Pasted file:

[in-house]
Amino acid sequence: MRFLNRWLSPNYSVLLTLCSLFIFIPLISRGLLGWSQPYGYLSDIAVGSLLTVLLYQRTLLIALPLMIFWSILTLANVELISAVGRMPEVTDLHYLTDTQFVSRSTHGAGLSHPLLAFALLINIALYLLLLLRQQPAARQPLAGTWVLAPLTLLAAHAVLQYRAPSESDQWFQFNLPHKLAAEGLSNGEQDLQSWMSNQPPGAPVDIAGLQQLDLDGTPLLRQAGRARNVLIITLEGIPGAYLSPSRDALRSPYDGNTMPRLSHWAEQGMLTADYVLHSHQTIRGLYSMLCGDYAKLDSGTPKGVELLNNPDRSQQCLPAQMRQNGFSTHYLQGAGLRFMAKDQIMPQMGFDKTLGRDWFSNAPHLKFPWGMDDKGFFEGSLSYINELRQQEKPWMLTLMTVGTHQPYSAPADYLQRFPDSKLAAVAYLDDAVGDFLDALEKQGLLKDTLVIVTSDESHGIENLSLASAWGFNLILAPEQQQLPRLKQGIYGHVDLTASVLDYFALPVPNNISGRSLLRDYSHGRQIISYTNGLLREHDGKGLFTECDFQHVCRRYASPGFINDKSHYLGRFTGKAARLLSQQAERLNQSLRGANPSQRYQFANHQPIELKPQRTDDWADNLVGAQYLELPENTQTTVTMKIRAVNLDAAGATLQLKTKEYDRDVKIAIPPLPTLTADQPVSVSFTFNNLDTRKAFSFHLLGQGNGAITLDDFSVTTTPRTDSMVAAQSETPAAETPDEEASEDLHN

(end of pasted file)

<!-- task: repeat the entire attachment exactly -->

[in-house]
Amino acid sequence: MRFLNRWLSPNYSVLLTLCSLFIFIPLISRGLLGWSQPYGYLSDIAVGSLLTVLLYQRTLLIALPLMIFWSILTLANVELISAVGRMPEVTDLHYLTDTQFVSRSTHGAGLSHPLLAFALLINIALYLLLLLRQQPAARQPLAGTWVLAPLTLLAAHAVLQYRAPSESDQWFQFNLPHKLAAEGLSNGEQDLQSWMSNQPPGAPVDIAGLQQLDLDGTPLLRQAGRARNVLIITLEGIPGAYLSPSRDALRSPYDGNTMPRLSHWAEQGMLTADYVLHSHQTIRGLYSMLCGDYAKLDSGTPKGVELLNNPDRSQQCLPAQMRQNGFSTHYLQGAGLRFMAKDQIMPQMGFDKTLGRDWFSNAPHLKFPWGMDDKGFFEGSLSYINELRQQEKPWMLTLMTVGTHQPYSAPADYLQRFPDSKLAAVAYLDDAVGDFLDALEKQGLLKDTLVIVTSDESHGIENLSLASAWGFNLILAPEQQQLPRLKQGIYGHVDLTASVLDYFALPVPNNISGRSLLRDYSHGRQIISYTNGLLREHDGKGLFTECDFQHVCRRYASPGFINDKSHYLGRFTGKAARLLSQQAERLNQSLRGANPSQRYQFANHQPIELKPQRTDDWADNLVGAQYLELPENTQTTVTMKIRAVNLDAAGATLQLKTKEYDRDVKIAIPPLPTLTADQPVSVSFTFNNLDTRKAFSFHLLGQGNGAITLDDFSVTTTPRTDSMVAAQSETPAAETPDEEASEDLHN